Public Interest Program

Cumberland School of Law holds several law clinics throughout the year, photo of students at a public interest programFrom the first day of orientation, the dean talks about the core values of the legal profession. One of the most important of those core values is service to others. Through the Public Interest Program, Cumberland School of Law offers numerous public service opportunities for students as well as for practicing attorneys. Often these programs pair students with lawyers, which not only provides valuable real-world legal skills application but also great networking opportunities. Interest in these programs is at an all-time high. Public Interest Program Director Cassandra Adams works diligently each school year to provide law students with legal and non-legal volunteer opportunities. Whether it is a legally-related program, such as researching legal issues for residents in a local homeless shelter or lobbying for criminal justice reform, or a non-legally-related community service event, such as hosting an Easter egg hunt for children or building Habitat for Humanity homes, students consistently demonstrate their understanding of how important it is for lawyers to serve others with pro bono and public interest work.

Help the Homeless Program+

Help the Homeless Program is a partnership between Cumberland School of Law and the law firm Baker Donelson. Lisa Bordon, the pro bono shareholder at Baker Donelson, administers weekly clinics for the homeless community; law students and other volunteer attorneys give their time to the clinic. Law students research and answer questions as assigned by attorneys. Every Wednesday, the program visits a different homeless shelter. In addition, students and attorneys visit district court, where they hold the attorney-for-the-day program where pro se litigants (self-representing parties) can ask questions.

First-Year (1L) Service Project+

students holding paintbrushes at the First Year Service ProjectEstablished in fall 2007, the 1L Service Project is now a tradition during first-year orientation. To conclude a week of traditional school orientation events, Cumberland School of Law embarks on a class service project on the last day of orientation. The first-year class, faculty and staff provide hundreds of volunteer hours in one afternoon to community service projects at locations such as the nature preserve, state parks, Habitat for Humanity sites and local ministries. The 1L Service Project fits with the law school’s pursuit to engage students in community-based volunteer efforts. The class project provides students with an opportunity for community outreach in a city that is new to most of them and gives new classmates a chance to interact.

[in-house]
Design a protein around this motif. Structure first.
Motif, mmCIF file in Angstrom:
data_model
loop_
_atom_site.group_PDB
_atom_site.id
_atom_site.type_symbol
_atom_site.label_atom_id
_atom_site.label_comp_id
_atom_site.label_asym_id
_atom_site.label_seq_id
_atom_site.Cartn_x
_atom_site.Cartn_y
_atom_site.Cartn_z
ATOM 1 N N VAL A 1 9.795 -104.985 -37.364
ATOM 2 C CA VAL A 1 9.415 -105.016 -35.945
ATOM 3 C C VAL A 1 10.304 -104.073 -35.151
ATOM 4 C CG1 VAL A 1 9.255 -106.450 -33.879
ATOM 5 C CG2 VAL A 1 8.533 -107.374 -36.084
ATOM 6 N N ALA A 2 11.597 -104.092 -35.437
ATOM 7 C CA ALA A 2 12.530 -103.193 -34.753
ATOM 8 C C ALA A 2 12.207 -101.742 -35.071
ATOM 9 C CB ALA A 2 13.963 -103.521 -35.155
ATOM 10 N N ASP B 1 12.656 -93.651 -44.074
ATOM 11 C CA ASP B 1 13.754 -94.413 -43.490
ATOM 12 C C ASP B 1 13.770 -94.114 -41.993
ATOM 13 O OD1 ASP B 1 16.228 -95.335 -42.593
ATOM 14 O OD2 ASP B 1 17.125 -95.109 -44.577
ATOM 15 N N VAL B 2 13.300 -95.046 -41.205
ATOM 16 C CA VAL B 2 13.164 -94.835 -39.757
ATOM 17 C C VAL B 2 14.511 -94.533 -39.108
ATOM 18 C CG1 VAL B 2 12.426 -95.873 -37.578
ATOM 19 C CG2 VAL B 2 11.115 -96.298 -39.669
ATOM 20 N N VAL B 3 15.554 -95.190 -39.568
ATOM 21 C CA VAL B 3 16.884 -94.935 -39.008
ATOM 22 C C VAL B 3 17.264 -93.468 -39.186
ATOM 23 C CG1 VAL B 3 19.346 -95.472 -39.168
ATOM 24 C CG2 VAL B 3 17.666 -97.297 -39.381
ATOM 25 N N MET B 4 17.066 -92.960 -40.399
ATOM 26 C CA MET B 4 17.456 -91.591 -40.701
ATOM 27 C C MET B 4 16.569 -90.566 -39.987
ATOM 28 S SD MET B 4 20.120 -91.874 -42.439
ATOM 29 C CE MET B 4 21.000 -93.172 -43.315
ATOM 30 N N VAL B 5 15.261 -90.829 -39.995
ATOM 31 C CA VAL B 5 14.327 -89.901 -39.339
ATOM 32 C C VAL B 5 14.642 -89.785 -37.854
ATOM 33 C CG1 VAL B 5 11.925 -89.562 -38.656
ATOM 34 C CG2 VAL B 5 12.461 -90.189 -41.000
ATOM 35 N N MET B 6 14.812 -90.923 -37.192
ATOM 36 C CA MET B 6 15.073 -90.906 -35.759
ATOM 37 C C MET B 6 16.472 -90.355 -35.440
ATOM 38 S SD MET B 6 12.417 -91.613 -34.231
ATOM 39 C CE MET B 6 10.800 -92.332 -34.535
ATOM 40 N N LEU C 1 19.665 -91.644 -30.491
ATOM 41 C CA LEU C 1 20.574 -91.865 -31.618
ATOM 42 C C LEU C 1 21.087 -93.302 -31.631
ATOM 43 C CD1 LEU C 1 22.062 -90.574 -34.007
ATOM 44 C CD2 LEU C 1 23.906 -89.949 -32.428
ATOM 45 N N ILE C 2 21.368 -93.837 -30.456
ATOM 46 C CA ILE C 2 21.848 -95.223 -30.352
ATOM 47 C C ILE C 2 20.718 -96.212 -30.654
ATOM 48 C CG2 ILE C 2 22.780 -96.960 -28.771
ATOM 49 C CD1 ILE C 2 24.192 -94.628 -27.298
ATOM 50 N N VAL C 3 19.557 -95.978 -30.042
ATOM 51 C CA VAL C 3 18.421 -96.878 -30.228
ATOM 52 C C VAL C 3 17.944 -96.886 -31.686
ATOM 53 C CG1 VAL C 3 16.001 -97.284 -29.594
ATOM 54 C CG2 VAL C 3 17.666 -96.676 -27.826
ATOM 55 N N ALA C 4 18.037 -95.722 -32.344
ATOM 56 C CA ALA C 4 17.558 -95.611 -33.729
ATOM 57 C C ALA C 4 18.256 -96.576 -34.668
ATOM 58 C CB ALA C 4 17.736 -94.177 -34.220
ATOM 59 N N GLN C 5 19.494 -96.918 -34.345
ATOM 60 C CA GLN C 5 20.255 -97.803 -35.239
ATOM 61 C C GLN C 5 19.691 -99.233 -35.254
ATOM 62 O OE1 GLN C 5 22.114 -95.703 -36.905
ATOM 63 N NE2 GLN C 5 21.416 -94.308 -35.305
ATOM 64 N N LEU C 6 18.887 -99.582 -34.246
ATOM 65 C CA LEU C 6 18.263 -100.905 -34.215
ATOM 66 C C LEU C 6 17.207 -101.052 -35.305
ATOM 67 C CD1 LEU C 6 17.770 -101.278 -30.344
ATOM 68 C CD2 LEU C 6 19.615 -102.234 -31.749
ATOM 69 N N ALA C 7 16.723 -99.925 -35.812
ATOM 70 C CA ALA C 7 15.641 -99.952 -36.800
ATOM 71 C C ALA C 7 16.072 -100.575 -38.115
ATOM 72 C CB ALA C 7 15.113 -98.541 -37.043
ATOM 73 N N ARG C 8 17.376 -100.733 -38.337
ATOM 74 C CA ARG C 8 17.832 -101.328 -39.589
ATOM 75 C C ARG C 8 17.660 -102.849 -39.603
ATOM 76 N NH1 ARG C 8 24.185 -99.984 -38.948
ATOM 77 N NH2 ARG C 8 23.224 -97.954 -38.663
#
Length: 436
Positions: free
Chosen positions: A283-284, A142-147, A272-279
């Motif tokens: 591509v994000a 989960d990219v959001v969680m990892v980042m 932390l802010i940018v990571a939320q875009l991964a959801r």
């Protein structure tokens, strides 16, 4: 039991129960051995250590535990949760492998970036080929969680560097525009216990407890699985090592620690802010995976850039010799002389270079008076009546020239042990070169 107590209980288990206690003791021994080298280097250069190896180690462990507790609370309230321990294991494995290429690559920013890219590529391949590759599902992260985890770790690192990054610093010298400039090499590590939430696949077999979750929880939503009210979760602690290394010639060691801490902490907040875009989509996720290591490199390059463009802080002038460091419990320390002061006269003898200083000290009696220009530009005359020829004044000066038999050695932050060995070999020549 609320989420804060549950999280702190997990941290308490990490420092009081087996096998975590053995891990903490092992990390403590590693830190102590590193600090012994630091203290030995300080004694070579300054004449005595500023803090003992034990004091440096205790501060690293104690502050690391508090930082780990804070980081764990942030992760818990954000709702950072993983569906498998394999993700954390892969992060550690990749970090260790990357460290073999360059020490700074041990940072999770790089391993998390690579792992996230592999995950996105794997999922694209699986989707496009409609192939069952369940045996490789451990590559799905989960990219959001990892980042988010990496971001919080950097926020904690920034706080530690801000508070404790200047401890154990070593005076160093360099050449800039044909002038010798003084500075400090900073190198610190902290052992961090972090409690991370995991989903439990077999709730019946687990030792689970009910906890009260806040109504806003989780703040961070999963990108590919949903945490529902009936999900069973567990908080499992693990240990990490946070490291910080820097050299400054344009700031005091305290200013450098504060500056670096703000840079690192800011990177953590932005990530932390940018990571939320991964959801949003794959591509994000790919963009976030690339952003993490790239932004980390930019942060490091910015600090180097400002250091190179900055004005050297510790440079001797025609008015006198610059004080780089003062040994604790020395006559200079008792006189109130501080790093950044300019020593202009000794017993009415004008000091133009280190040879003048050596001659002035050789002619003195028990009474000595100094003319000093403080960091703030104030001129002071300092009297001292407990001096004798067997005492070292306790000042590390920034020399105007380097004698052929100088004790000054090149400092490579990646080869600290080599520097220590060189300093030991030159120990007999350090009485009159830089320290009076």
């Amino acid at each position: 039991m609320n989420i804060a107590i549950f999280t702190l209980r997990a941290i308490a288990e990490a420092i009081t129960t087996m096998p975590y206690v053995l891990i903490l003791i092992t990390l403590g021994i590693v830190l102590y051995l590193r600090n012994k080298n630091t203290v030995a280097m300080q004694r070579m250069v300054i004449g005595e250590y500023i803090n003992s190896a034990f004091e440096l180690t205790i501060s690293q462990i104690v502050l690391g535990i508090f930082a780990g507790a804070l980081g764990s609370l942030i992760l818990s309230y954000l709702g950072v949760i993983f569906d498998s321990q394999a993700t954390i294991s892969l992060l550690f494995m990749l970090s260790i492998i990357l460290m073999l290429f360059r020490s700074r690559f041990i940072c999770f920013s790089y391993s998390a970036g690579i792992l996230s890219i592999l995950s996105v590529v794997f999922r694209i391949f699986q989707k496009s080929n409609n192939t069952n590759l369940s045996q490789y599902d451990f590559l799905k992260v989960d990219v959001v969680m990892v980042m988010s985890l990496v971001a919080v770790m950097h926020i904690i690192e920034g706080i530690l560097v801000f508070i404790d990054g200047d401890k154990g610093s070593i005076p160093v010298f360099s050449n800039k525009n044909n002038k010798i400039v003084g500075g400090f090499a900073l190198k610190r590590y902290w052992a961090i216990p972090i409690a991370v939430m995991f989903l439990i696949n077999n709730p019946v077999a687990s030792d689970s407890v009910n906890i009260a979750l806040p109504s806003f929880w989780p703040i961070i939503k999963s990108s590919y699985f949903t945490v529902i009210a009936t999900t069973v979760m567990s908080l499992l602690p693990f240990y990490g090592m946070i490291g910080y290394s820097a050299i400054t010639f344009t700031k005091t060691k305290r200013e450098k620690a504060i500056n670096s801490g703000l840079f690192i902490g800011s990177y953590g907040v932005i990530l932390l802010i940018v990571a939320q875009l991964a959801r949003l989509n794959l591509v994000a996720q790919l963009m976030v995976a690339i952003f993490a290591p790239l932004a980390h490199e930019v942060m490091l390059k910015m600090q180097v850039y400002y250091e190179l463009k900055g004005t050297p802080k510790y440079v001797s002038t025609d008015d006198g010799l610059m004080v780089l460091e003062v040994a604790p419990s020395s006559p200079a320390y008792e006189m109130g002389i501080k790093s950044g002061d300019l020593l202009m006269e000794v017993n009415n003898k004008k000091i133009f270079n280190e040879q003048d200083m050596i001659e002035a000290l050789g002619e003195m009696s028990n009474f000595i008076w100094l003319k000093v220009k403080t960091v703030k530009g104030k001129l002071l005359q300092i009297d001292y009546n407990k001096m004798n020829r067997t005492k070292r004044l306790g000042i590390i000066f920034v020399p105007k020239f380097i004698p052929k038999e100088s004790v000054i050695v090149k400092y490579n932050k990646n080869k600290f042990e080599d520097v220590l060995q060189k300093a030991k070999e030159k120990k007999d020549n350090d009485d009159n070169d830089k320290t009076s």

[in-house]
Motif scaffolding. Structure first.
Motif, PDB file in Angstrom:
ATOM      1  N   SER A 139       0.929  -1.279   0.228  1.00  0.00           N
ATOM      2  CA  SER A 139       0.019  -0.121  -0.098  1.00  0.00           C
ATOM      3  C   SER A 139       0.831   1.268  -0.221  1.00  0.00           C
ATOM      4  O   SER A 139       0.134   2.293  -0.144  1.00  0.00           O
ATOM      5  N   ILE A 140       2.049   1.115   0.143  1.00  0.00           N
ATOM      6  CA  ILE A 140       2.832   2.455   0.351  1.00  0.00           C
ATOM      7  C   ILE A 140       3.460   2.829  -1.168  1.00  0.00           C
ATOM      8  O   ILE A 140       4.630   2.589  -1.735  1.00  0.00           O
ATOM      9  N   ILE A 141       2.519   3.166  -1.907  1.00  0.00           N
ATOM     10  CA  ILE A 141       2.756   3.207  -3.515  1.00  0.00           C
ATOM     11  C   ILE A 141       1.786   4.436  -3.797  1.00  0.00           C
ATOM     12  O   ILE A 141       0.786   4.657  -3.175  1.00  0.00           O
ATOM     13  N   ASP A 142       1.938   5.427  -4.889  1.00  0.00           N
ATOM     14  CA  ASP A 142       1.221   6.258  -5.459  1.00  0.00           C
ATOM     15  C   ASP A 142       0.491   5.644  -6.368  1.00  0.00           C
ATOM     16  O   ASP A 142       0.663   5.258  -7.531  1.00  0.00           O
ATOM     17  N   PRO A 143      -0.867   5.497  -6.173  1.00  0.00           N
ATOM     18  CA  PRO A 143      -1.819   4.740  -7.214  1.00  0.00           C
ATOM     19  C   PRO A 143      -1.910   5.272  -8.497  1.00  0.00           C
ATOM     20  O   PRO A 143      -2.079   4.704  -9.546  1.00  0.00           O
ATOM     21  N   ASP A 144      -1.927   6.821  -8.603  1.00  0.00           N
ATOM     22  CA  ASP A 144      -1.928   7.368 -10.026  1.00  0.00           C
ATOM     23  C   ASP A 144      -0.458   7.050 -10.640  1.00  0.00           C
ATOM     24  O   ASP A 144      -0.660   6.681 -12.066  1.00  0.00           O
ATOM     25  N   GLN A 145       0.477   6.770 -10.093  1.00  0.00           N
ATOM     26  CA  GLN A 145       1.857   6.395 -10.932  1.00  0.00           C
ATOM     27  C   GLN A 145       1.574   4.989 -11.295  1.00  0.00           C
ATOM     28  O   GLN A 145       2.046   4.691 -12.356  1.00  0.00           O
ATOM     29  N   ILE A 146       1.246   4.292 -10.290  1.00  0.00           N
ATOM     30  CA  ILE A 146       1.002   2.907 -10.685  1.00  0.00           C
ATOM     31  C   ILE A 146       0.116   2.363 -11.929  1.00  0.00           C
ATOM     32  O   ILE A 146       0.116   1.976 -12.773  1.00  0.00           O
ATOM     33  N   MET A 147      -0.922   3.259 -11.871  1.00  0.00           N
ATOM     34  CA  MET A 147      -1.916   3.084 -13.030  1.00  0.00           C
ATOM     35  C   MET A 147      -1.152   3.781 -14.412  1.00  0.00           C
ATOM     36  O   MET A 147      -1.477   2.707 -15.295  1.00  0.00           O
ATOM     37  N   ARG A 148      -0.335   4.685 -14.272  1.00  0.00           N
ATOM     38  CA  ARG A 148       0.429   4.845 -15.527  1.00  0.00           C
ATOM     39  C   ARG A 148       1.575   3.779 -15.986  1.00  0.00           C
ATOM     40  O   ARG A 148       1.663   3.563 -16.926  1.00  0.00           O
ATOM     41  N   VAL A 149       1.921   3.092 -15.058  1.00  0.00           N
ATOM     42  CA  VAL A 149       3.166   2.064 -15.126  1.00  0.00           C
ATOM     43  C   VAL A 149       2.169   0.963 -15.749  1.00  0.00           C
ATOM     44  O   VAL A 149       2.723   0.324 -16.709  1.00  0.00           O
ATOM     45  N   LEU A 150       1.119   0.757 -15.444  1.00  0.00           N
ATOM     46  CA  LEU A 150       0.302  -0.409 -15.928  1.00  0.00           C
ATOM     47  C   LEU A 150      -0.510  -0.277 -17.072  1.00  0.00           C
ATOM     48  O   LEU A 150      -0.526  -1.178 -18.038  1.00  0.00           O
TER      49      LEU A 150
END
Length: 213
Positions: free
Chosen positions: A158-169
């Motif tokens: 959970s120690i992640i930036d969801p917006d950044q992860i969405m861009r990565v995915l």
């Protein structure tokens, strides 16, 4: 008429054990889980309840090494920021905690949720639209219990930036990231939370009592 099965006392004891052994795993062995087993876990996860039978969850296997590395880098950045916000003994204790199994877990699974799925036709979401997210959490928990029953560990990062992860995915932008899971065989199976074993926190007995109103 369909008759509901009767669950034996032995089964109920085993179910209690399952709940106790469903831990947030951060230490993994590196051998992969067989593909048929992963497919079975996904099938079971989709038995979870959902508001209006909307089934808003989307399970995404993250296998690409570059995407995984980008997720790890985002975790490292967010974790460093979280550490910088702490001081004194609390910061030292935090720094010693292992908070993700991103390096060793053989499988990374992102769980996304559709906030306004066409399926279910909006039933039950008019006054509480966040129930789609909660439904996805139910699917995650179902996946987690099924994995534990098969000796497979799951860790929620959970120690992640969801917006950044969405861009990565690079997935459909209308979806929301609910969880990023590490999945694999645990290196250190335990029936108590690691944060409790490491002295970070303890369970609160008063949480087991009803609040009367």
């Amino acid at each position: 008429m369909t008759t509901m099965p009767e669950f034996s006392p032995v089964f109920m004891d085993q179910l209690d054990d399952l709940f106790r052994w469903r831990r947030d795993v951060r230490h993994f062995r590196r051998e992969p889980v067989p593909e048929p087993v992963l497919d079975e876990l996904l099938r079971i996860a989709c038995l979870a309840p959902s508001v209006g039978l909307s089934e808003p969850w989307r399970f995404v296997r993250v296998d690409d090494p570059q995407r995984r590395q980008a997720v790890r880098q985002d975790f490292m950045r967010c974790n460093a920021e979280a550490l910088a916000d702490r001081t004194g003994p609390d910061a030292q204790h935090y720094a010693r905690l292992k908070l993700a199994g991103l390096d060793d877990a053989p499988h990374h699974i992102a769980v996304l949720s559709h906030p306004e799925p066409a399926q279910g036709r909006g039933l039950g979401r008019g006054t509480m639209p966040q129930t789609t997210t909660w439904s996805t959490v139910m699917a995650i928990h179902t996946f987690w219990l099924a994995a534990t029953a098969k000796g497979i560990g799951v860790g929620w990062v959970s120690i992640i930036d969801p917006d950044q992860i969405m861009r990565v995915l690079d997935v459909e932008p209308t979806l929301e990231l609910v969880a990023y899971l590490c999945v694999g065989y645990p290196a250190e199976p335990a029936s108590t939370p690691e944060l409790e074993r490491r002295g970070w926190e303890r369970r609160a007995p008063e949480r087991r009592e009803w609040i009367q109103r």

Pro Bono Week+

With the establishment of National Pro Bono Week in 2009, Cumberland School of Law was an original partner with the Alabama State Bar task force to establish the event throughout the state. Representatives from Cumberland School of Law have chaired the Pro Bono Week committee, and the law school continues to take a large leadership role in the activities throughout the state. During National Pro Bono Week, the law school hosts at least three free clinics, which include wills and general needs, serving more than 100 people. At these clinics, law students are paired with attorneys to perform legal work and act as witnesses. Pro Bono Week activities from the law school have been featured on the American Bar Association’s website to encourage other national bar members to volunteer their time. Although National Pro Bono Week is one week in October, Cumberland School of Law takes the entire month to celebrate. In past years, the law school has hosted lecture series for students such as Serving the Public Interest: How Law Students Can Impact the Needs of Our Community and A New Trial for a Death Row Inmate, featuring prominent speakers.

Project Homeless Connect+

law students on laptops at Project Homeless ConnectProject Homeless Connect is a clinic held each spring for more than 1,000 people seeking assistance. Many stations provide basic necessities. The first stop for many is the legal area to clear up any outstanding warrants or legal problems. At the legal station, Cumberland School of Law students work with volunteer attorneys to handle outstanding legal issues. Law students have access to the Alabama State Court System with laptop computers to conduct on-the-spot research of a person’s legal status.

Spirit of Service Award+

Spirit of Service award recipientsCumberland School of Law annually recognizes students, faculty and staff who have completed 30 hours or more of public interest/pro bono legal work and/or community service during the academic school year. The recognition comes in the form of the Spirit of Service award certificate.

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